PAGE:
Urban legend often attributes Marie Antoinette with saying, “let them eat cake”* a historical inaccuracy that associates the French with expensive taste in dining. Yet one of the best and most flavorful French dining experiences is a budget luxury- a Ladurée petit macaron priced at an affordable  €1.65.

This sweet and tasty tea salon delicacy combines sublime ganache filling between two macaroon shells, making it the 5 star fine dining version of an Oreo. The Ladurée macaroon collection comes in a tasty array of 11 permanent flavors ranging from coffee to caramel with salted butter, which I recently learned pairs epically with Krug rose, elevating sweet and savory to it’s highest level.

Epic food pairing: caramel and fleur de sel macaroon and Krug Rose.

If you can only have one, the divine cassis (black currant and violet) would be my pick, it’s rich, fruity, very French, and a guaranteed yumgasm.  I can’t say I’m a fan of the rose flavor, simply because I prefer smelling roses than to eating them, but that’s just me. Ladurée’s seasonal flavors include lemon, chestnut and even minty strawberry. Simple flavors like coffee and vanilla are also elevated by this pastel hued confection shop. The pastries for Sofia Coppola’s film Marie-Antoinette were made by Ladurée and are prominently featured in the movie as sugary, cinematic food porn.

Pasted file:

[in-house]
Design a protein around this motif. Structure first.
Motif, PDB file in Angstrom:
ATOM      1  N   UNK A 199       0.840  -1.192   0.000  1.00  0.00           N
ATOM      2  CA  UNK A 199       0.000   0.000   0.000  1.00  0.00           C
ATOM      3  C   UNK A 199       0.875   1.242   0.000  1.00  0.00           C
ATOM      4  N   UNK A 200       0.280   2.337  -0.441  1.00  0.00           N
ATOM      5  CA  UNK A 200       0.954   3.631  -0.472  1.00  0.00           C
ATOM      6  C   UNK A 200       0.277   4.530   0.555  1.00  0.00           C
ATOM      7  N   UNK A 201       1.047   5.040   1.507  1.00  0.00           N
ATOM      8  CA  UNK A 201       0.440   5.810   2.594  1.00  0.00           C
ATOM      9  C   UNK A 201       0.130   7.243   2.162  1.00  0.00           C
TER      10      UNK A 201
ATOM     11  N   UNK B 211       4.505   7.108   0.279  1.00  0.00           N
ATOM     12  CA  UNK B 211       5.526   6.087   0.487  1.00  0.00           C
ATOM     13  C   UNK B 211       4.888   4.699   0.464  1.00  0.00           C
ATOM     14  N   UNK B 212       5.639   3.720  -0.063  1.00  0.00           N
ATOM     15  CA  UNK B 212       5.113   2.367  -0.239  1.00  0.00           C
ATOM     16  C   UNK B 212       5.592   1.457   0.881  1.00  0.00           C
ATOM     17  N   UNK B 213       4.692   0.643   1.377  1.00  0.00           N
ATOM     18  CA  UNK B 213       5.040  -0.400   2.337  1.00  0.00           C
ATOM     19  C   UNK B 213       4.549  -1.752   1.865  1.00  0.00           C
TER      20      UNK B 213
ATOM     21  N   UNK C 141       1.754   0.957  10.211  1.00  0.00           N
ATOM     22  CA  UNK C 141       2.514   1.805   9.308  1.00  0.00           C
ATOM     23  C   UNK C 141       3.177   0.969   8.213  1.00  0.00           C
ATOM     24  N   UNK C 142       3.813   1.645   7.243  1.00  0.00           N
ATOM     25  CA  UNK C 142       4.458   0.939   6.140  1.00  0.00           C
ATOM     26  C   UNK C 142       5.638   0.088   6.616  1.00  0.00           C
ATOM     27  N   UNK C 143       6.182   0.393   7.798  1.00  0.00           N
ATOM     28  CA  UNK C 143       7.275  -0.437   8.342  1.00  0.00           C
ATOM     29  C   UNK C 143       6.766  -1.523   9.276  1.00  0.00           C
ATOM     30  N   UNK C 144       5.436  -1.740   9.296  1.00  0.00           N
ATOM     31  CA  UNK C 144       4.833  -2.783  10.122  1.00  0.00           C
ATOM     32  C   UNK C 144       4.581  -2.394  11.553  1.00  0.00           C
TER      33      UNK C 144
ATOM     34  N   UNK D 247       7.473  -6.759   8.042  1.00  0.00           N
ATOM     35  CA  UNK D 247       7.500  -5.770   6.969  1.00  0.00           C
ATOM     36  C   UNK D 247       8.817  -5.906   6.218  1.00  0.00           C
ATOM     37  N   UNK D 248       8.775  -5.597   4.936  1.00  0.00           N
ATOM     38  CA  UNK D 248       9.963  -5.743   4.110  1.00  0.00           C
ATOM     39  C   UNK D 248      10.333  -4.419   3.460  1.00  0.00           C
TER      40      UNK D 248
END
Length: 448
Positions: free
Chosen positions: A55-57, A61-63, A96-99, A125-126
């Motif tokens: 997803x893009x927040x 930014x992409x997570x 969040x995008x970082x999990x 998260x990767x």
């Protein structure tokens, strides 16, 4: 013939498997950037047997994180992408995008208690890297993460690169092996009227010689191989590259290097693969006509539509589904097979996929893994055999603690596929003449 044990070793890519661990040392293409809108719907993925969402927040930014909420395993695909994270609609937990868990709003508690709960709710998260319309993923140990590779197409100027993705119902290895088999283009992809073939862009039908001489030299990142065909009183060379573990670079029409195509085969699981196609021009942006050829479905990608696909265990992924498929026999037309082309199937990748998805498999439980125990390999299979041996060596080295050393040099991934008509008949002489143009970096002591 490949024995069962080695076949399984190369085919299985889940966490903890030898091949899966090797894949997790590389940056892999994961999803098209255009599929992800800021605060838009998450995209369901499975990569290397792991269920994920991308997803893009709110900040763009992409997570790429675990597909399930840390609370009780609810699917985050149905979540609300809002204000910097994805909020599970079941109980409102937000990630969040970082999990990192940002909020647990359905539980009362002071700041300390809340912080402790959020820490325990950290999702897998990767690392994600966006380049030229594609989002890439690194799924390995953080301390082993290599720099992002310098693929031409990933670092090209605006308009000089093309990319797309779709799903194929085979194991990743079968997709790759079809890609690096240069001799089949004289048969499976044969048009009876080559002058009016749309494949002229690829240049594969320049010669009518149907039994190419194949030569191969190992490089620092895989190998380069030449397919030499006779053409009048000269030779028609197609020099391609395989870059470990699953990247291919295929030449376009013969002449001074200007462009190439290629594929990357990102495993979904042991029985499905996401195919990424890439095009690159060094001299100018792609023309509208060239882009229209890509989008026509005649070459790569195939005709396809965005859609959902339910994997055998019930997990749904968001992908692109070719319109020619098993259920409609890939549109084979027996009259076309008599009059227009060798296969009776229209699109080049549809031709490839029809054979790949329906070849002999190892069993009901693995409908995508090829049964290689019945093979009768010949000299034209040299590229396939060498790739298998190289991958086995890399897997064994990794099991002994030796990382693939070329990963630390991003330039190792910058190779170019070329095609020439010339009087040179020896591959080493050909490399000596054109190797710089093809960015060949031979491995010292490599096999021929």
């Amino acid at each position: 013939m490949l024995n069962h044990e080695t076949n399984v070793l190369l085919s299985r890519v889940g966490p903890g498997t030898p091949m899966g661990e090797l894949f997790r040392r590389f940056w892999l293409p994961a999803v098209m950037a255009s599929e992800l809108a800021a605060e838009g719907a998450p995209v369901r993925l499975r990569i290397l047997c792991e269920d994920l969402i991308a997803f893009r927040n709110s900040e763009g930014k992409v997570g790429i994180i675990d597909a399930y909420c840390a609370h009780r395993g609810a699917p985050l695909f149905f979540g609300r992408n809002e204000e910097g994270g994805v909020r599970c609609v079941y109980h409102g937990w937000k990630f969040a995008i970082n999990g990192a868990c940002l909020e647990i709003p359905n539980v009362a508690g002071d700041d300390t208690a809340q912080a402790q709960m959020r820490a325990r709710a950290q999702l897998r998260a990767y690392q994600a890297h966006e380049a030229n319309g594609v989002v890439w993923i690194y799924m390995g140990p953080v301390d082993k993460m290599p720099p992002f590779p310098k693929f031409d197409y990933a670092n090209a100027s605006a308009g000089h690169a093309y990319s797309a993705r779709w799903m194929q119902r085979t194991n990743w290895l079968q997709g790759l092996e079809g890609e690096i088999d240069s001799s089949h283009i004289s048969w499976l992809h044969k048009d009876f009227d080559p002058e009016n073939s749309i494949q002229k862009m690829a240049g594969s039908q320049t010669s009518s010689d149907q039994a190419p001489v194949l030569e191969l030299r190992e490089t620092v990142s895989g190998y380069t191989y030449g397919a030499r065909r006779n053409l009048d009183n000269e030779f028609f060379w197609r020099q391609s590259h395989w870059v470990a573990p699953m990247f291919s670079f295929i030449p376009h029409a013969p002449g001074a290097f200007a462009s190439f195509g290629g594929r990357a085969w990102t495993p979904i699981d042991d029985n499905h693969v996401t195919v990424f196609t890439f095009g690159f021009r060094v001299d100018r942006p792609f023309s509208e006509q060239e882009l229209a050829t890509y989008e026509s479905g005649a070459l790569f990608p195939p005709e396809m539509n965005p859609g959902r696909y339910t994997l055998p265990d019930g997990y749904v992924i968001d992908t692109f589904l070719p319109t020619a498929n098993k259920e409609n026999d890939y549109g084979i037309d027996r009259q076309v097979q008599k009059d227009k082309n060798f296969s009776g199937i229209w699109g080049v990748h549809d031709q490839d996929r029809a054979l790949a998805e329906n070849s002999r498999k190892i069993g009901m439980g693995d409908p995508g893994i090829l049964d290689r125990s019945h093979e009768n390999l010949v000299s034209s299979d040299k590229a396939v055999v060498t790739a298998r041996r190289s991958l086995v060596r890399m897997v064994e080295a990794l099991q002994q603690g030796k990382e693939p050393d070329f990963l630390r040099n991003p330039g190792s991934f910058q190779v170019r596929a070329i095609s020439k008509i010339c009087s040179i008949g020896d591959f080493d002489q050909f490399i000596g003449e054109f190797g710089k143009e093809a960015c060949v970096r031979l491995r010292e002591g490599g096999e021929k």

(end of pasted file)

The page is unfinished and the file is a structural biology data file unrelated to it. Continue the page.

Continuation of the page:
I usually dislike excessive packaging, but when I hit Ladurée, I just can’t get enough of the stuff.  If you want to try a few flavors, think about buying a box to keep it as a souvenir. British designer Matthew Williamson’s hot pink and black psychedelic version is currently featured in the window of their Saint Germain shop. I use my old Ladurée boxes to store camera batteries and hair pins. Keep them and it you’ll always have something from Paris. Avoid the round boxes if you want to recycle- they get messy and the macaroons get crushed.

If you want to take some macaroons home from your Parisian vacation, Ladurée mules should note these scrumptious edibles should be consumed within three days and stored in the lowest part of your refrigerator… although it’s highly unlikely they’ll last that long.

Pierre Herme and Fauchon are also Parisian power players in the macaroon department. Not going to Paris soon? Worry not. Ladurée New York recently opened its first US outpost so you can now sample this French delicacy on US soil. Pretty sweet, huh?

Proof that brioche is more expensive.

*The saying “Let them eat cake” is a mistranslation. The “cake” was probably brioche, a pricey egg bread, that still costs more than a macaroon.

 

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